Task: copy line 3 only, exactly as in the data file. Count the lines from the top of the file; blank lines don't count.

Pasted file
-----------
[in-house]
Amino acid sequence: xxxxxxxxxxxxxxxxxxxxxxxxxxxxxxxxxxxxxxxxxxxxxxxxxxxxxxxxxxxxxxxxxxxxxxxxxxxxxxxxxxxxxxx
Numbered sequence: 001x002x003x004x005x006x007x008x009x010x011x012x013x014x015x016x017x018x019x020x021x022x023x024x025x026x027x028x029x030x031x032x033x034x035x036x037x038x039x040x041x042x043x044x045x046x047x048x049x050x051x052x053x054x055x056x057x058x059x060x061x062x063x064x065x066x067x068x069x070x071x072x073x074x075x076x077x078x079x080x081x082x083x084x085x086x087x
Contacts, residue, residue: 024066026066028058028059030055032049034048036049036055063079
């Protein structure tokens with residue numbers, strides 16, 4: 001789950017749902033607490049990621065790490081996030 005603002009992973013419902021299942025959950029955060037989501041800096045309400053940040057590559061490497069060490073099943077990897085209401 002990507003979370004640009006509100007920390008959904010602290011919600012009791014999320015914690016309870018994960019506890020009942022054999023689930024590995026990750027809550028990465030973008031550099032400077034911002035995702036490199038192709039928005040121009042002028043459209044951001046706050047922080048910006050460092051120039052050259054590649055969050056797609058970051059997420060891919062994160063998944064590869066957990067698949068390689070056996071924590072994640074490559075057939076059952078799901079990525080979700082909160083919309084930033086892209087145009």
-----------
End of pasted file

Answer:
Numbered sequence: 001x002x003x004x005x006x007x008x009x010x011x012x013x014x015x016x017x018x019x020x021x022x023x024x025x026x027x028x029x030x031x032x033x034x035x036x037x038x039x040x041x042x043x044x045x046x047x048x049x050x051x052x053x054x055x056x057x058x059x060x061x062x063x064x065x066x067x068x069x070x071x072x073x074x075x076x077x078x079x080x081x082x083x084x085x086x087x